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Should law students blog about work?

VC relayed Ambivalent Imbroglio's concerns regarding blogging about his summer job. This brings up a host of separate issues regarding attorney-client privilege and maintaining employer confidences that our infamous Dutch law grad need not have contemplated even with his misdirected missive.
I guess for now the rule I'll be following when I start my job next week is that if I were a reporter on the criminal beat and I could have learned something in that capacity, then it's bloggable. That's still a little vague, but it seems like a good rule of thumb to follow for now.

It is quite a bit vague, since even professional journalists get called on the carpet for how they obtained information that should not have been publicly disclosed. IMHO, professional blogging is NOT the same as academic or student blogging. The greater the risk of harm (to your career, your clients, and your employer), the greater amount of caution you should use. To satisfy most risk-averse employers, that means no blog, no matter how well worded your posts nor how well-guarded your pseudonym may be.

I have two rules:

  • Don't use pseudonyms. If you have a relatively difficult name (like mine), make it available with your blog name so (a) people don't think you're trying to hide something, and (b) you don't get lulled into a false sense of security (that your random thoughts posted in a public forum could never be attributed back to you).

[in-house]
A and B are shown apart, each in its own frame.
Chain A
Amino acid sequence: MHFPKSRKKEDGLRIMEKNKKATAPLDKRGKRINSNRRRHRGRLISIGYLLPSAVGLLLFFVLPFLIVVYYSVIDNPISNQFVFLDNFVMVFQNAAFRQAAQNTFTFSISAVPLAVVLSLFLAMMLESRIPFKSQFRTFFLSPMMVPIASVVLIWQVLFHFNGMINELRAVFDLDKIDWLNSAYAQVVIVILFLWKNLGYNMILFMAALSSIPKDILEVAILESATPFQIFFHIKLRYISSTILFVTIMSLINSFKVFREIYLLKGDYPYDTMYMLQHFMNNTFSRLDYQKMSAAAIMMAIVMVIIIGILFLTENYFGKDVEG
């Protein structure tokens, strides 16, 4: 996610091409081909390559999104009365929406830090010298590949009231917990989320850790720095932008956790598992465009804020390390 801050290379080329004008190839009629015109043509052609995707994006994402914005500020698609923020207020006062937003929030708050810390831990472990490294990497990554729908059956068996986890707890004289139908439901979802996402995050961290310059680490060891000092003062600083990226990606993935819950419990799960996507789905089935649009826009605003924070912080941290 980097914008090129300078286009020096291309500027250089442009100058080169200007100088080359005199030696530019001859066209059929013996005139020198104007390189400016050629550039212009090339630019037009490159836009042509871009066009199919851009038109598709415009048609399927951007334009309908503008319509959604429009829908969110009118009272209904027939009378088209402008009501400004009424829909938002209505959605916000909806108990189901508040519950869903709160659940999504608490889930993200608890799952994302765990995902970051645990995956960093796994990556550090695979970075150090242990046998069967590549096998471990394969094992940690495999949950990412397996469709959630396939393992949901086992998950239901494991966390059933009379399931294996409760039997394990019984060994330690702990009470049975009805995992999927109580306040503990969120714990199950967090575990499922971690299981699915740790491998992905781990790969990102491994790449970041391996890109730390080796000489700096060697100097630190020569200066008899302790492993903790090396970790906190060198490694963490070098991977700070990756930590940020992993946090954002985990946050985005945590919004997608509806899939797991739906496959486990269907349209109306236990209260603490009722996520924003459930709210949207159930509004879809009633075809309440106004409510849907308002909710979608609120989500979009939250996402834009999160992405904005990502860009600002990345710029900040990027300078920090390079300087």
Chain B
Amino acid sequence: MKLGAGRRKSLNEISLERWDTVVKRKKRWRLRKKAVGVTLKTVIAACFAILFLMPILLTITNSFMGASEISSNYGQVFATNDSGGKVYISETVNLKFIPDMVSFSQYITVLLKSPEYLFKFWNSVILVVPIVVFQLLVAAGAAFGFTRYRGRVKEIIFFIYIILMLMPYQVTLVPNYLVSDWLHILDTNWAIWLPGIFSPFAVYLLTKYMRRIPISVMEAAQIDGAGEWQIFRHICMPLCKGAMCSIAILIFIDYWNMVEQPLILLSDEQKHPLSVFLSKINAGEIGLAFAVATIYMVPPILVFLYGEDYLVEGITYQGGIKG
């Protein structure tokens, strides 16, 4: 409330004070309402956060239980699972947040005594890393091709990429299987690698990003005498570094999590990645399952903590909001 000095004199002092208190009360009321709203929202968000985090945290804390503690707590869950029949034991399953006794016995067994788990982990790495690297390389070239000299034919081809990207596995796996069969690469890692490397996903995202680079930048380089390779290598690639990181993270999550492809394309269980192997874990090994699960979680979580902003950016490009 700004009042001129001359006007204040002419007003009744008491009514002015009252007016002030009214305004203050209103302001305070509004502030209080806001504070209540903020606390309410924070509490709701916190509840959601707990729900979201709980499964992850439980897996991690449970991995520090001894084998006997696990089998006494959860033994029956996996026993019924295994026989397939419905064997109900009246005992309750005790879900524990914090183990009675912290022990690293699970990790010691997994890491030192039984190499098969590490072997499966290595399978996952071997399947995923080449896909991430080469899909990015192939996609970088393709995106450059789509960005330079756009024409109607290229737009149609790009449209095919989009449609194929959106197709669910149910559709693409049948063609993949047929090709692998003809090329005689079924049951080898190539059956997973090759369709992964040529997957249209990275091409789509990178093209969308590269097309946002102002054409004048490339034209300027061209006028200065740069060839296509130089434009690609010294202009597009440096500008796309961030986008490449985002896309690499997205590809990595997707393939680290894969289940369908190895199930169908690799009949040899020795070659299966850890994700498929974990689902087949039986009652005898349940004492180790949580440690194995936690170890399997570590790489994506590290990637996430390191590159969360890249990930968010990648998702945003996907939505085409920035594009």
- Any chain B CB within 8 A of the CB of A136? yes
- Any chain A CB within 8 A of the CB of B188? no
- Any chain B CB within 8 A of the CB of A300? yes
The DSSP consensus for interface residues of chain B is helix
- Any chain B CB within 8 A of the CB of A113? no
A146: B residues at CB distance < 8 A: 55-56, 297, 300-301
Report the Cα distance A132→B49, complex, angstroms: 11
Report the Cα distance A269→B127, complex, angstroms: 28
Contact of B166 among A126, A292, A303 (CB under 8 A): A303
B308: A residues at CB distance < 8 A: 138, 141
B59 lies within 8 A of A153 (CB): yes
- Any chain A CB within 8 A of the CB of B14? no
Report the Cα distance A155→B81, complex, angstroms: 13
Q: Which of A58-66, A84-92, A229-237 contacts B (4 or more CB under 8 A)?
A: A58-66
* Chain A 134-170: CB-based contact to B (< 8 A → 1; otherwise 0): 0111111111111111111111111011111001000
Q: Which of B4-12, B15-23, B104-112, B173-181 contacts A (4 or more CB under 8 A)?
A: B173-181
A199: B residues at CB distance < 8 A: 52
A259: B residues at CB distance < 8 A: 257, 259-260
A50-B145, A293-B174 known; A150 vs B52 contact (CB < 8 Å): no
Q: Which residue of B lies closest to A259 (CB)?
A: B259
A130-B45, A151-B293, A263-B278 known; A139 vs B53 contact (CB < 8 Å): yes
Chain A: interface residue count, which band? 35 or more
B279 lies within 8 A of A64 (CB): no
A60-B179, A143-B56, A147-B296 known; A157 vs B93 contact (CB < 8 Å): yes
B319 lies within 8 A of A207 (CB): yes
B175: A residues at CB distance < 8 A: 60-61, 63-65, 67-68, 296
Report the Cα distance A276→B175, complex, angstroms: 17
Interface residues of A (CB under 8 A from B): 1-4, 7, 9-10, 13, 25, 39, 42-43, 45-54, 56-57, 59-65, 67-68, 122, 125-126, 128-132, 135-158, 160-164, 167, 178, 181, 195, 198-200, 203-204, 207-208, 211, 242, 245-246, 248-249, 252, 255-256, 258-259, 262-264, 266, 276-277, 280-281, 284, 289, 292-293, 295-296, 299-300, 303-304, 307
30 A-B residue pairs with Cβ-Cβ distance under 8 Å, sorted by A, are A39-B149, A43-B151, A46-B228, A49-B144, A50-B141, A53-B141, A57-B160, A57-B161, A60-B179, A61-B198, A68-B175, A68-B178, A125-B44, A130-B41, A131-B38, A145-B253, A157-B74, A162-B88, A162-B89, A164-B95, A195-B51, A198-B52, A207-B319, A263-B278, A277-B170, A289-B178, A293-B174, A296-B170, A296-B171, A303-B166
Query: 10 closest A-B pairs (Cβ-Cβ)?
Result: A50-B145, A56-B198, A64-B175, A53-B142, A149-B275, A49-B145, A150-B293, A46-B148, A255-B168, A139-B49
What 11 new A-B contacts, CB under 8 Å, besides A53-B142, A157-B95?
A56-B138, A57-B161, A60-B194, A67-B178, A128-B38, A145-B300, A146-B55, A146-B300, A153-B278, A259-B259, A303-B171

• Know why you're blogging. Do you really have a meaningful contribution on the subject or are you blogging to let people know what you've been learning? Are you marketing yourself to future clients and employers or are you just trying to keep in touch with friends and family? If you're blogging your personal diary for the whole world to see, what do you think future clients will expect of your ability to keep their life secrets under wraps?

    [UPDATE] 20050901 Prof Leiter @ UT Law posted this useful message from "a top law school." Thanks to Prof Loren for pointing it out![/UPDATE]

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    Patent lawyer murder-suicide in Houston

    Our local news stations have been busy reporting on an apparent murder-suicide involving two lawyers, one in-house patent attorney, the other a contractor, at Cooper Cameron this morning.

    It's an unfortunate incident that still needs time for a full investigation to uncover all the details, but it does remind me of two issues that may be overlooked during law school: Lawyer's Assistance Programs (LAPs) and the common misperception that contract workers are not contractors by choice.

    Learn about your local LAP
    The State Bar of Texas created the Texas Lawyers' Assistance Program (TLAP)
    to provide for the identification, peer intervention and rehabilitation of any Texas attorney or law student whose professional performance is impaired because of physical or mental illness, including chemical dependency and alcoholism***